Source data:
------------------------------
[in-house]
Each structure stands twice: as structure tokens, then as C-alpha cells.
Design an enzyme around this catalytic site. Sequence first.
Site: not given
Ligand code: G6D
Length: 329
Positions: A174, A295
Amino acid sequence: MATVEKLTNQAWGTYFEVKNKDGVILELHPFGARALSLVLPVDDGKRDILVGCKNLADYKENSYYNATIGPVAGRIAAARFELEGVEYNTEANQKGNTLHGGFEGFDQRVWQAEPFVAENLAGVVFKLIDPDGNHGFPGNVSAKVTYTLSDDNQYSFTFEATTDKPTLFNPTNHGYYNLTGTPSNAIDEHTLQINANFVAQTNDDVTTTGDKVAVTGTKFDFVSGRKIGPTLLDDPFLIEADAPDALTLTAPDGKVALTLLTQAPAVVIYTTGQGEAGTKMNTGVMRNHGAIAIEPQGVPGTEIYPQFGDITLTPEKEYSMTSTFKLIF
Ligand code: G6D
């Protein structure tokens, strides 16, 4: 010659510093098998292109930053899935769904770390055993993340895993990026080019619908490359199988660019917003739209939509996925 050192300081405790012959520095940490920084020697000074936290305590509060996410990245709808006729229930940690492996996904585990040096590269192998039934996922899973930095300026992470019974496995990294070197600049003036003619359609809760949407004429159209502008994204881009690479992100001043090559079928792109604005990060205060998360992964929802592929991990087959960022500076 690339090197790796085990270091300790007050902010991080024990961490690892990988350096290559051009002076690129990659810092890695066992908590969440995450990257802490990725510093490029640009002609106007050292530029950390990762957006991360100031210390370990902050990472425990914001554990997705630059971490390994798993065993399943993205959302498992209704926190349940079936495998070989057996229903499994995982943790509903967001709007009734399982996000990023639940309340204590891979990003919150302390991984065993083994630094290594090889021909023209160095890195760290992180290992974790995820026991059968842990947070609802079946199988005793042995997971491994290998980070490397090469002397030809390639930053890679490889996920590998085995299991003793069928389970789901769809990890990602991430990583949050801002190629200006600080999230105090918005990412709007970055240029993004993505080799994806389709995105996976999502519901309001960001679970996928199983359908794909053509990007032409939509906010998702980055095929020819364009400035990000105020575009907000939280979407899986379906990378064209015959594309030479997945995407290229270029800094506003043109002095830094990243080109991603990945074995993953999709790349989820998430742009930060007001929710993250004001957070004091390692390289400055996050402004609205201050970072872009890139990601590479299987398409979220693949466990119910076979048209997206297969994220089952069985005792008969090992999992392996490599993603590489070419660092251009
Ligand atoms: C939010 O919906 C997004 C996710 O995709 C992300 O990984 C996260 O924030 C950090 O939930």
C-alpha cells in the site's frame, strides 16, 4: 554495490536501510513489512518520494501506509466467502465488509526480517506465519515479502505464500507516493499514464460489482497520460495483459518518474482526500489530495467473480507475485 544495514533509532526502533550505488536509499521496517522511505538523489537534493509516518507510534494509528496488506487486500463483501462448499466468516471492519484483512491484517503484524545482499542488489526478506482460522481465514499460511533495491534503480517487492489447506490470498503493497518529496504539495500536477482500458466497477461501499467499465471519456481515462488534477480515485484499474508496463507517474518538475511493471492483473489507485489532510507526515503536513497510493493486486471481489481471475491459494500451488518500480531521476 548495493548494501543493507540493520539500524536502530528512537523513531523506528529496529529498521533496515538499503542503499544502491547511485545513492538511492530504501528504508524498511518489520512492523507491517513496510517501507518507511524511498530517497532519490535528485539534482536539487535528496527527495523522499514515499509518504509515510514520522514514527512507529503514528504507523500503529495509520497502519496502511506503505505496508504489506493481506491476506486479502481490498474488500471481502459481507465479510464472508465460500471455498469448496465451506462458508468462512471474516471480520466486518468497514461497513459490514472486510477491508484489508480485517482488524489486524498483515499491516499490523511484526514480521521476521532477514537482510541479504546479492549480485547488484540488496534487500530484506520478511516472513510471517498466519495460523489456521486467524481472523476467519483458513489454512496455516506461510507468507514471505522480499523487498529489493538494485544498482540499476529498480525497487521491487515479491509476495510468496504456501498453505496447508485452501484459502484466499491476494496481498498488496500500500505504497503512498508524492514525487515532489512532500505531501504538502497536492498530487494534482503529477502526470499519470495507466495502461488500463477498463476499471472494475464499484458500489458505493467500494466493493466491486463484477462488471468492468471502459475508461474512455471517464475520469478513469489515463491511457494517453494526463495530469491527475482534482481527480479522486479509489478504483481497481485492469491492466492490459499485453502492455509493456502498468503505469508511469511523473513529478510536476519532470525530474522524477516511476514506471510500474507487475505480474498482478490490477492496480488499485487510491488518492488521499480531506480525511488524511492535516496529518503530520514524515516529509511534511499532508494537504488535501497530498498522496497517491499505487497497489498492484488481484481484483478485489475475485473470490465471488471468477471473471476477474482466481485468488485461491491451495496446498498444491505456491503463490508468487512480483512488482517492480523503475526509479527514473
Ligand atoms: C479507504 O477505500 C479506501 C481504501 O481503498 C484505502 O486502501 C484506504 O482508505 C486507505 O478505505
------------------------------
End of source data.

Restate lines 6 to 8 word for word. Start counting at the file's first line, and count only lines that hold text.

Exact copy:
Length: 329
Positions: A174, A295
Amino acid sequence: MATVEKLTNQAWGTYFEVKNKDGVILELHPFGARALSLVLPVDDGKRDILVGCKNLADYKENSYYNATIGPVAGRIAAARFELEGVEYNTEANQKGNTLHGGFEGFDQRVWQAEPFVAENLAGVVFKLIDPDGNHGFPGNVSAKVTYTLSDDNQYSFTFEATTDKPTLFNPTNHGYYNLTGTPSNAIDEHTLQINANFVAQTNDDVTTTGDKVAVTGTKFDFVSGRKIGPTLLDDPFLIEADAPDALTLTAPDGKVALTLLTQAPAVVIYTTGQGEAGTKMNTGVMRNHGAIAIEPQGVPGTEIYPQFGDITLTPEKEYSMTSTFKLIF